Policymakers have critical decisions to make this legislative session. Will they make sustainable tax and budget choices that prioritize the concerns of everyday Minnesotans, like being able to afford child care, a college education and other keys to family economic security? Or will they pass large tax cuts for just a few instead?
Thinking about those choices, it is clear that the estate tax cuts in the House omnibus tax bill shouldn’t be a priority this session. This provision would crowd out more important priorities, provide large tax cuts to only a small number of Minnesota estates, and create uneven tax treatment among Minnesota taxpayers.
Minnesota has already substantially cut the estate tax. Changes passed last year have cut the estate tax by $112 million in FY 2016-17. The cost of these cuts grows each year as the amount of an estate exempted from the tax grows to $2 million by 2018. For certain family-owned businesses and farms, estate value up to $5 million is already exempt. Only about 800 large estates are expected to pay the estate tax in 2015.
The House omnibus tax bill (House File 848) would go further, raising the exemption amount over time to more than $5 million and increasing it each year.
The cost of the House’s estate tax provision is $61 million in FY 2016-17, $123 million in FY 2018-19 and even more in future years.
The House tax bill takes up all of the state’s projected surplus and more, preventing the House from making much progress on issues that matter to many working Minnesotans, such as affordable child care and higher education, and funding our schools. If estate tax cuts are included in the final tax bill, that will crowd out other tax provisions focused on lower- and middle-income Minnesota families.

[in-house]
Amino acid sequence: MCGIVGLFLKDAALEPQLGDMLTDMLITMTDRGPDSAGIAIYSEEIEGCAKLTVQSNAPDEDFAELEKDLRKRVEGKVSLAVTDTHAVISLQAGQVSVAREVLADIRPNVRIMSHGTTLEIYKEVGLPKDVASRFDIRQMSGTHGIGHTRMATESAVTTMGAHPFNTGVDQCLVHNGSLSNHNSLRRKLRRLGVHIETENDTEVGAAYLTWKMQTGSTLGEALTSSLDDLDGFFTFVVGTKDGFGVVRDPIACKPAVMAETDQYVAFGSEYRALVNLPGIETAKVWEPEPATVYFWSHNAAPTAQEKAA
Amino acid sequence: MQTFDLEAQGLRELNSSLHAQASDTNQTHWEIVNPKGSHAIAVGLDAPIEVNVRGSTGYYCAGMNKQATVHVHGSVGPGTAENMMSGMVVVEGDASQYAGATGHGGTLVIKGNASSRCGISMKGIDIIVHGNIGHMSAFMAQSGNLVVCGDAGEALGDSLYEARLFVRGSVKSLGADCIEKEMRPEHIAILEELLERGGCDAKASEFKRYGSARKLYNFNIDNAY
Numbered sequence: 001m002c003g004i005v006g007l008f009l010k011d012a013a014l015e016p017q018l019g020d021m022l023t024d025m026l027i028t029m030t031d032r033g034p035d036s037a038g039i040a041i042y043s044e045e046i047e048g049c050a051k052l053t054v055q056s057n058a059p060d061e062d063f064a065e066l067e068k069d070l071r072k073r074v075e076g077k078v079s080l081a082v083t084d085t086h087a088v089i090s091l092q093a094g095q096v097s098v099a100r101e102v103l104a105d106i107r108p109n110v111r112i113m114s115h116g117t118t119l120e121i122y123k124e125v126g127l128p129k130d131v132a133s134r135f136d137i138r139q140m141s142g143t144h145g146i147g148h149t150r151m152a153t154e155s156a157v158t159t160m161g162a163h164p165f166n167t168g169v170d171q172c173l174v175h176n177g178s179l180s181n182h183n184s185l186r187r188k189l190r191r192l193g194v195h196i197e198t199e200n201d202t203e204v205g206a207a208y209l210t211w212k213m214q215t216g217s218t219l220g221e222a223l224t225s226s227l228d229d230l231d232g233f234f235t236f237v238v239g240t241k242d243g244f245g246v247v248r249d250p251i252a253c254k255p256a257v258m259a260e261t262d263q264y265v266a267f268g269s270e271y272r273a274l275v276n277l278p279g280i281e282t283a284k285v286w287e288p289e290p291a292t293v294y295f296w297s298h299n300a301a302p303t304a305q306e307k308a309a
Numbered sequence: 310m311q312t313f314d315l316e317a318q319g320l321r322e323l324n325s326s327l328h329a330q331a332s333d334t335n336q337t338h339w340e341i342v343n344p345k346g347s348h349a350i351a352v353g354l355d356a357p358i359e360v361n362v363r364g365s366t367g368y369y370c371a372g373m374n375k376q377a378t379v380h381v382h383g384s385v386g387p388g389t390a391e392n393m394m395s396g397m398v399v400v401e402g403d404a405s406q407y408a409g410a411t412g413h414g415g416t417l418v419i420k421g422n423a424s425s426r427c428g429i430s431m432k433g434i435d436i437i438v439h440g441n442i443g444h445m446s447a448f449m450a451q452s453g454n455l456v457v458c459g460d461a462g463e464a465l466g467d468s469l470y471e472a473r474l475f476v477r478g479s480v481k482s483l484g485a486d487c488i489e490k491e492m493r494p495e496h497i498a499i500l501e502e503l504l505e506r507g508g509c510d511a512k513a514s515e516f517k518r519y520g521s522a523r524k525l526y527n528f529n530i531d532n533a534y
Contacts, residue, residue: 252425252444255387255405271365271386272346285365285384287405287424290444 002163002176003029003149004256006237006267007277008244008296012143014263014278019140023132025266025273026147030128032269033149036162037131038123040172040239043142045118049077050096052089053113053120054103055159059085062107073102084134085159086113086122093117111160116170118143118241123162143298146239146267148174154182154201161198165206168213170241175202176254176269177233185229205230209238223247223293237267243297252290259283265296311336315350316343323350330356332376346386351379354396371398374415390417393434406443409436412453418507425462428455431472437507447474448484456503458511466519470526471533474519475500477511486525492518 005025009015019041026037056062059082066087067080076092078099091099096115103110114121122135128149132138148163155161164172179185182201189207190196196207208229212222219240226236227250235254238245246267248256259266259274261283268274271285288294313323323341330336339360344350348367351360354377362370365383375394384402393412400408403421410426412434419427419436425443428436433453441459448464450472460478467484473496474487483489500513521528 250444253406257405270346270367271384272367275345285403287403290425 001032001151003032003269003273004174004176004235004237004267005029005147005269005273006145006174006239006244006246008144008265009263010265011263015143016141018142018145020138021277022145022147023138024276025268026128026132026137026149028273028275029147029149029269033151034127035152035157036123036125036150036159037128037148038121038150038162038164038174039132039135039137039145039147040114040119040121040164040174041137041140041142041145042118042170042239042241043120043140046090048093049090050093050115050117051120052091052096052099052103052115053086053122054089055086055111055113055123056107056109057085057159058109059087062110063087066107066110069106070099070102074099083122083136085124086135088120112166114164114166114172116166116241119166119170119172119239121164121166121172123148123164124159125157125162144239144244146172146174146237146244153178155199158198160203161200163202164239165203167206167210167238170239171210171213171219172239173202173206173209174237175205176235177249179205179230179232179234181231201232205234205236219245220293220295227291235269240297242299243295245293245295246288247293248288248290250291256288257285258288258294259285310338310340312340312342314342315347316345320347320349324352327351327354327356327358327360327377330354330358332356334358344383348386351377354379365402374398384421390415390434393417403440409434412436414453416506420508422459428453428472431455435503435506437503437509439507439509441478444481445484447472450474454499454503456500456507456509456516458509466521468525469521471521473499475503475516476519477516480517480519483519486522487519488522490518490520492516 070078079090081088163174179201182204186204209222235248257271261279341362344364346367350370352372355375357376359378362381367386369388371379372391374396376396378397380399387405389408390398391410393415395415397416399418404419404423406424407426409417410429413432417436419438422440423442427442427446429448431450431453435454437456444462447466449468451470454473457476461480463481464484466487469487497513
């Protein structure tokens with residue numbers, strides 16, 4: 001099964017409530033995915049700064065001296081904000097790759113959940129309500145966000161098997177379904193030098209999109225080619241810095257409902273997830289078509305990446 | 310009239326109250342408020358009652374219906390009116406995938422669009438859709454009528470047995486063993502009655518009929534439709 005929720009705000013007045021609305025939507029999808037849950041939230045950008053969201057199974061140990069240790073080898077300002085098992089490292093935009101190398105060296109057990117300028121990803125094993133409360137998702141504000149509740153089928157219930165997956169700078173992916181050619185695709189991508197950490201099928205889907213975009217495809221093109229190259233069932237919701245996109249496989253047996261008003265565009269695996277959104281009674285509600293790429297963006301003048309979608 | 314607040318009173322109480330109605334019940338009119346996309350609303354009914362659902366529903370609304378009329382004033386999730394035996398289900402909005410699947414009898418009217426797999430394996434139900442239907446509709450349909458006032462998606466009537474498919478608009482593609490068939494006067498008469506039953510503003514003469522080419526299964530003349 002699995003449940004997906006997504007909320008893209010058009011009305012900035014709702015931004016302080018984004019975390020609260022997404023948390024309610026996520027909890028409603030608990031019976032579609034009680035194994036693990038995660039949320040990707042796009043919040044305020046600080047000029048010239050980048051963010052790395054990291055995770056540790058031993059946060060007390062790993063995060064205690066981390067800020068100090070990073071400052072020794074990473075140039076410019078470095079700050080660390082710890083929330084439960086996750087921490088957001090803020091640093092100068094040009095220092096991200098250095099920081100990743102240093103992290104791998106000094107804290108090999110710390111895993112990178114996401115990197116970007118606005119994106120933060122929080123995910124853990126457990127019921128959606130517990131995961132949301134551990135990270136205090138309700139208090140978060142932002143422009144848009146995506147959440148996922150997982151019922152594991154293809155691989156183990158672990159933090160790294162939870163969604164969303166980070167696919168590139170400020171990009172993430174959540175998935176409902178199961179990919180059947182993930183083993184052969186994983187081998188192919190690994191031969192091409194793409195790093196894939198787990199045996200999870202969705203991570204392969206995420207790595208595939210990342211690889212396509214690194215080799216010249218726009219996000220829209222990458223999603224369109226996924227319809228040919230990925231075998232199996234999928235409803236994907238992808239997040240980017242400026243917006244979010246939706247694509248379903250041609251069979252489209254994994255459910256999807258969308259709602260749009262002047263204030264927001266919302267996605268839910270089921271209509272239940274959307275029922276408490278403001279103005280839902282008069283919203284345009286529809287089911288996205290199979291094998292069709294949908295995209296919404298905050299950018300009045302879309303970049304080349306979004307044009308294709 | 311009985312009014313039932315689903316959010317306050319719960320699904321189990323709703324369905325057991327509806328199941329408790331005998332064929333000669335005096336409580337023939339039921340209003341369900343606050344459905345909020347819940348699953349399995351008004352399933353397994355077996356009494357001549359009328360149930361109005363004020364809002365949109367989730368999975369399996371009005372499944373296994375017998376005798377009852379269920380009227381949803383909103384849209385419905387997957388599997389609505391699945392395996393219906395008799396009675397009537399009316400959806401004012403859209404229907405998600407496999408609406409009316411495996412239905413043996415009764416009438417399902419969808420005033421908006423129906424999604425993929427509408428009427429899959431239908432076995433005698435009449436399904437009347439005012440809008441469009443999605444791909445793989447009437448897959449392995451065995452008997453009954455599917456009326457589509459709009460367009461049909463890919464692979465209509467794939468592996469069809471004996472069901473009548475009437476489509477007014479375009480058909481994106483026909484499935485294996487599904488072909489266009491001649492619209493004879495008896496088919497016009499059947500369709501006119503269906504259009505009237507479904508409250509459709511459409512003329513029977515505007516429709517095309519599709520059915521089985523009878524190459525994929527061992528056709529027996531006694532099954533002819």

Cuts to the estate tax reach only a small number of the largest estates and primarily benefits high-income individuals. This would reverse course on the remarkable progress Minnesota has made in the last two years to make the distribution of state and local taxes more even across income levels. It is still the case that the highest-income Minnesotans pay a smaller share of their incomes in state and local taxes than other Minnesotans, and estate tax cuts would widen the gap.
Another problem with this proposal is that it undercuts the estate tax’s important role in creating a level playing field among taxpayers. The estate tax serves as a backstop to the income tax, as it applies to the increased value of assets, such as stocks, that otherwise would not be taxed. But the more we erode the estate tax, the more unrealized capital gains in large estates will go untaxed.
That’s a tax benefit that isn’t available to Minnesotans with incomes only from wages or from capital gains that they realize during their lifetimes.
And the amount of unrealized capital gains in large estates is significant. The Center on Budget and Policy Priorities finds that nationally, unrealized capital gains are about one-third of estates worth between $5 and $10 million, and are 55 percent of the value of estates worth more than $100 million.
Proponents of this provision argue that these cuts are needed to reduce the migration of Minnesotans to other states with lower or no estate taxes. However, estate tax policies have only a modest impact at best on where people choose to live. And these provisions don’t pay for themselves: the revenue gained by keeping a small number of households from moving is smaller than the revenue lost from substantially cutting the estate tax.
Minnesota has already done a great deal in the last two years to simplify our estate tax. Governor Dayton’s budget and the Senate tax bill include a few provisions to make the estate tax work more smoothly but without the significant revenue loss that crowds out other critical priorities. That reflects a wiser path for policymakers to take this session.
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